UK UMTS operator 3 (a Hutchison division) is advertising its so-called X-Series service, which provides "unlimited" data service (plus various lumps of steam telephony) for £25 rising to £40 a month. Skype is being bundled with the devices involved, and here's the kicker - 3 is offering Slingboxen thrown in for £99 extra.
<br><br>3 has just begun HSDPA Class 5 upgrades in metro areas (claimed maximum 3.6 Mbits/s) and plans to launch HSUPA in the uplink next spring, with a claimed max of 1.4Mbits/s.<br><br><div><span class="gmail_quote">On 12/25/06,
<b class="gmail_sendername">Thomas Leavitt</b> <<a href="mailto:firstname.lastname@example.org">email@example.com</a>> wrote:</span><blockquote class="gmail_quote" style="border-left: 1px solid rgb(204, 204, 204); margin: 0pt 0pt 0pt 0.8ex; padding-left: 1ex;">
Check the AUP and TOS for that EVDO connection - my guess is that by<br>viewing stuff from your Slingbox, you're risking termination of service.<br>I don't have an EVDO connection myself (still toodling along with my
<br>Sidekick's GPRS), and part of the reason why is that they have a lot of<br>what I think are unreasonable restrictions on how these services can be<br>used -- this is based on what I've read on the various mailing lists I'm
<br>on (Dave Farber's IP, Declan McCullagh's Politech, and Dewayne<br>Hendrick's Dewayne-Net).<br><br>I don't know how significant restrictions like this are from a<br>competitive perspective, but my broadband ISP also has a very liberal
<br>TOS... and that's one of the reasons I use them. I suspect that as items<br>like the Slingbox become more common, folks will start paying more<br>attention to what they're permitted to do with their upstream bandwidth.
<br><br>Thomas<br><br>Roland Dobbins wrote:<br>><br>><br>> I recently purchased a Slingbox Pro, and have set it up so that I can<br>> remotely access/control my home HDTV DVR and stream video remotely.<br>> My broadband access SP specifically allow home users to run servers,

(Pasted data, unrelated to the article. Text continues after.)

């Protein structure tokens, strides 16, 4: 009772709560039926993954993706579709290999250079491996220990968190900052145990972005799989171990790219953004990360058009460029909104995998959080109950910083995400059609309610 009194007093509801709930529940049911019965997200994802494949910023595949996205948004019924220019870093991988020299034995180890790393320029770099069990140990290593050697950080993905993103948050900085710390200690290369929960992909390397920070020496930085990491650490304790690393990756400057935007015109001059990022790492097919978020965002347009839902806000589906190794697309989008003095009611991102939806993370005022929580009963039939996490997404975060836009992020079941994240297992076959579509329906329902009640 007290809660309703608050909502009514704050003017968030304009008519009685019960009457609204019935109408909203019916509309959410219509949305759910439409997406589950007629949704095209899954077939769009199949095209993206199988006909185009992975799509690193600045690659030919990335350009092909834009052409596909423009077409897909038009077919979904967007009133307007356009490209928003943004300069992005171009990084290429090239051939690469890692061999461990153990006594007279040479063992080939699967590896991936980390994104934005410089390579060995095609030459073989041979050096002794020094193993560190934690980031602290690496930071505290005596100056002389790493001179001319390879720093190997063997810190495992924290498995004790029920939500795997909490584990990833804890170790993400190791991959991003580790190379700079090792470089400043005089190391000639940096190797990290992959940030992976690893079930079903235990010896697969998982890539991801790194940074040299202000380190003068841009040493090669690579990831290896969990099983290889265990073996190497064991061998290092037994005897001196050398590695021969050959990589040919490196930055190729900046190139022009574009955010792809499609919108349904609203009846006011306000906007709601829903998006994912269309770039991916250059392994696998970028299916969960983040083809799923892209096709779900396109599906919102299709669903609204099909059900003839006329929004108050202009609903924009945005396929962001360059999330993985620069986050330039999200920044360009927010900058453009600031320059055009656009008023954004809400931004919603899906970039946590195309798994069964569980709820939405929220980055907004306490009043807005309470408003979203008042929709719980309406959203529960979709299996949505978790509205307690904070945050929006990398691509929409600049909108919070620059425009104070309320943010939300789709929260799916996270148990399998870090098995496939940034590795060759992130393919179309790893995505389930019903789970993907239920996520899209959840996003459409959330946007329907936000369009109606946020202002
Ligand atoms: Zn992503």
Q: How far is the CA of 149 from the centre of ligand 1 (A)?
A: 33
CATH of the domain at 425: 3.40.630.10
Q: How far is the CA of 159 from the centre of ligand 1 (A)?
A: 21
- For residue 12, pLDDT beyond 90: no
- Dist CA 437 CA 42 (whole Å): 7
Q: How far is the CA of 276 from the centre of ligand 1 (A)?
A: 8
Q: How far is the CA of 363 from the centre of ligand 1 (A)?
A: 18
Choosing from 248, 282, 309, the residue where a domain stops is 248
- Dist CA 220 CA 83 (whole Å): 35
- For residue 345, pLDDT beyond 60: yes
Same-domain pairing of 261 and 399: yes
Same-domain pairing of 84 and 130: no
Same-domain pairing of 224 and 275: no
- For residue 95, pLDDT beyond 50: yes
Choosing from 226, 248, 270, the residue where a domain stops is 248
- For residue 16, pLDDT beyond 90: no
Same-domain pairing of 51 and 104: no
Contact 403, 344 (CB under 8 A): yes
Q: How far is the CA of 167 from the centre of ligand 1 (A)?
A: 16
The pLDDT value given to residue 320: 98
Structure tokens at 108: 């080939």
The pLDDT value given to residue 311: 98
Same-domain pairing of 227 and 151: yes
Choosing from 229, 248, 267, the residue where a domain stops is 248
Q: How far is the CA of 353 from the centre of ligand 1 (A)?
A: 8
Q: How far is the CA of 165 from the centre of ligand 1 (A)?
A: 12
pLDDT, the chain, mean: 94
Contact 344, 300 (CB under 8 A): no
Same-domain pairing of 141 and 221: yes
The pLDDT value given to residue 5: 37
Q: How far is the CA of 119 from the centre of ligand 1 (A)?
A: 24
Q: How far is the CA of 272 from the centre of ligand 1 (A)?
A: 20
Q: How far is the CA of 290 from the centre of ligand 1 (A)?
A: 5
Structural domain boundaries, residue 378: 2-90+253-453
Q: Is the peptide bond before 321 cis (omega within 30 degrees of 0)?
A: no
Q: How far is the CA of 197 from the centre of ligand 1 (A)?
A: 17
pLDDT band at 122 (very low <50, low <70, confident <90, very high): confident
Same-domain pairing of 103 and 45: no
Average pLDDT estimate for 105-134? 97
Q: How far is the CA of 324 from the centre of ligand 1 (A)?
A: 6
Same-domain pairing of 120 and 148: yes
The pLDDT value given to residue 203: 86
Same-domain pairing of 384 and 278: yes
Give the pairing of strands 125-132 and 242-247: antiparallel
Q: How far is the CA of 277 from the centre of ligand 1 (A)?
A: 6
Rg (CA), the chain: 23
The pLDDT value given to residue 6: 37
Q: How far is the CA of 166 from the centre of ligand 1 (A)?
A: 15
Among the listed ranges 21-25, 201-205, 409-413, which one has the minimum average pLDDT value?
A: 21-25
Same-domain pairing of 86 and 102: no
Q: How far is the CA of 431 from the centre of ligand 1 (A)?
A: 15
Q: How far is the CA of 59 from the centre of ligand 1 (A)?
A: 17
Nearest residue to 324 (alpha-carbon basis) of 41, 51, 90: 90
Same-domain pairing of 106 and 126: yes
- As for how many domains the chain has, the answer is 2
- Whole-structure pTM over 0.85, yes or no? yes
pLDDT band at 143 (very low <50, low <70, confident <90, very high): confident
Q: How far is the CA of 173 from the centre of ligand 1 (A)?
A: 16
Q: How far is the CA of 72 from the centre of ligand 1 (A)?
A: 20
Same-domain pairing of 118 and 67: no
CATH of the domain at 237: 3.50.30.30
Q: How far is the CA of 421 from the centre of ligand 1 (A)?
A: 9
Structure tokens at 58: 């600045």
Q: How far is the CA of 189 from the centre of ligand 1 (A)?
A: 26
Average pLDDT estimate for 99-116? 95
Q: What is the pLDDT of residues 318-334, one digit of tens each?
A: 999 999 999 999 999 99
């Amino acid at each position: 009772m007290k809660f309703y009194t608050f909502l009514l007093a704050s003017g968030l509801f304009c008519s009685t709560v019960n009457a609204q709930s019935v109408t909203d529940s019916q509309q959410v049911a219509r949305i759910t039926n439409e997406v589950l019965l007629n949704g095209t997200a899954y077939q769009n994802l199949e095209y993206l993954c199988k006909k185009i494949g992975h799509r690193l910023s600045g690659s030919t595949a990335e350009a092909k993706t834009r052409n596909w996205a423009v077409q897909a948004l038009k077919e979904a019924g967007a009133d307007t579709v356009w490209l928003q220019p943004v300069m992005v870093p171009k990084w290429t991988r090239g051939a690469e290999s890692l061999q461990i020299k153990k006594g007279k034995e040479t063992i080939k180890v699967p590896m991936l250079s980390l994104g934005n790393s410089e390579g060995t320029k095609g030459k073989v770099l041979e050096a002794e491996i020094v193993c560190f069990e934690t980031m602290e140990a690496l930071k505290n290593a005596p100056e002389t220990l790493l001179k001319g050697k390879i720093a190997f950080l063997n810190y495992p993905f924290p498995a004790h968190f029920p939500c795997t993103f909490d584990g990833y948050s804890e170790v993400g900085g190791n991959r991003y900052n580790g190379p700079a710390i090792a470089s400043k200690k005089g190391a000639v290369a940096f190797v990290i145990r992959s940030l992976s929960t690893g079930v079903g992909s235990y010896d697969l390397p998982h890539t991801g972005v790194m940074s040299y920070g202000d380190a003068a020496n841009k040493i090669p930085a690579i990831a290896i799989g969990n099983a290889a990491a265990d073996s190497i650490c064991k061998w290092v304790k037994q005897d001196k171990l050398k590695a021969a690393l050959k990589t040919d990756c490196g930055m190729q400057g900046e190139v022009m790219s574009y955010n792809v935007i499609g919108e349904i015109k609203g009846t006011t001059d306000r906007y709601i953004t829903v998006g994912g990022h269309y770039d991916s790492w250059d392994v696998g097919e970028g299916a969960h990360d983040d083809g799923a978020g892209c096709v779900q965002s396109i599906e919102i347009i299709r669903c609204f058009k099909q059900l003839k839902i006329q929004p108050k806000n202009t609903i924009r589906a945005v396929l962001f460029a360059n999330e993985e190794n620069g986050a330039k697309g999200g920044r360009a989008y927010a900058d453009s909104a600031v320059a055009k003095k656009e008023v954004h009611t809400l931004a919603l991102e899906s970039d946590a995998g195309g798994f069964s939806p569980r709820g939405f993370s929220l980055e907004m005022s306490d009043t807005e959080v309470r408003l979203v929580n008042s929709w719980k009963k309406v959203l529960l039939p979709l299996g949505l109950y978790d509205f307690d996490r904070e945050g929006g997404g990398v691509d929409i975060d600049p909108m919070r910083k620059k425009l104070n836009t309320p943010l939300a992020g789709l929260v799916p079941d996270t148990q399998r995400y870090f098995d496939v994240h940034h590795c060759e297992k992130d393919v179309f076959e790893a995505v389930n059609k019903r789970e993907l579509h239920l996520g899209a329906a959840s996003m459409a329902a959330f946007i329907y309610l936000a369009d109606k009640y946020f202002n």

<br>> as long as said servers don't cause a problem for the SP<br>> infrastructure nor for other users or doing anything illegal; as long<br>> as I'm not breaking the law or making problems for others, they don't
<br>> care.<br>><br>> The Slingbox is pretty cool; when I access it, both the video and<br>> audio quality are more than acceptable. It even works well when I<br>> access it via EVDO; on average, I'm pulling down about 450kb/sec up to
<br>> about 580kb/sec over TCP (my home upstream link is a theoretical<br>> 768kb/sec, minus overhead; I generally get something pretty close to<br>> that).<br>><br>> What I'm wondering is, do broadband SPs believe that this kind of
<br>> system will become common enough to make a signficant difference in<br>> traffic paterns, and if so, how do they believe it will affect their<br>> access infrastructures in terms of capacity, given the typical
<br>> asymmetries seen in upstream vs. downstream capacity in many broadband<br>> access networks? If a user isn't doing something like breaking the<br>> law by illegally redistributing copyrighted content, is this sort of
<br>> activity permitted by your AUPs? If so, would you change your AUPs if<br>> you saw a significant shift towards non-infringing upstream content<br>> streaming by your broadband access customers? If not, would you
<br>> consider changing your AUPs in order to allow this sort of upstream<br>> content streaming of non-infringing content, with the caveat that<br>> users can't caused problems for your infrastructure or for other
<br>> users, and perhaps with a bandwidth cap?<br>><br>> Would you police down this traffic if you could readily classify it,<br>> as many SPs do with P2P applications? Would the fact that this type<br>> of traffic doesn't appear to be illegal or infringing in any way lead
<br>> you to treat it differently than P2P traffic (even though there are<br>> many legitimate uses for P2P file-sharing systems, the presumption<br>> always seems to be that the majority of P2P traffic is in<br>
> illegally-redistributed copyrighted content, and thus P2P technologies<br>> seem to've acquired a taint of distaste from many quarters, rightly or<br>> wrongly).<br>><br>> Also, have you considered running a service like this yourselves, a la
<br>> VoIP/IPTV?<br>><br>> Vidoeconferencing is somewhat analogous, but in most cases,<br>> videoconference calls (things like iChat, Skype videoconferencing,<br>> etc.) generally seem to use a less bandwidth than the Slingox, and it
<br>> seems to me that they will in most cases be of shorter duration than,<br>> say, a business traveler who wants to keep up with Lost or 24 and so<br>> sits down to stream video from his home A/V system for 45 minutes to
<br>> an hour at a stretch.<br>><br>> Sorry to ramble, this neat little toy just sparked a few questions,<br>> and I figured that some of you are dealing with these kinds of issues<br>> already, or are anticipating doing so in the not-so-distant future.
<br>> Any insight or informed speculation greatly appreciated!<br>><br>><br>> -----------------------------------------------------------------------<br>> Roland Dobbins <<a href="mailto:firstname.lastname@example.org">
email@example.com</a>> // 408.527.6376 voice<br>><br>> All battles are perpetual.<br>><br>> -- Milton Friedman<br>><br>><br>><br><br><br>--<br>Thomas Leavitt - <a href="mailto:firstname.lastname@example.org">
email@example.com</a> - 831-295-3917 (cell)<br><br>*** Independent Systems and Network Consultant, Santa Cruz, CA ***<br><br><br><br></blockquote></div><br>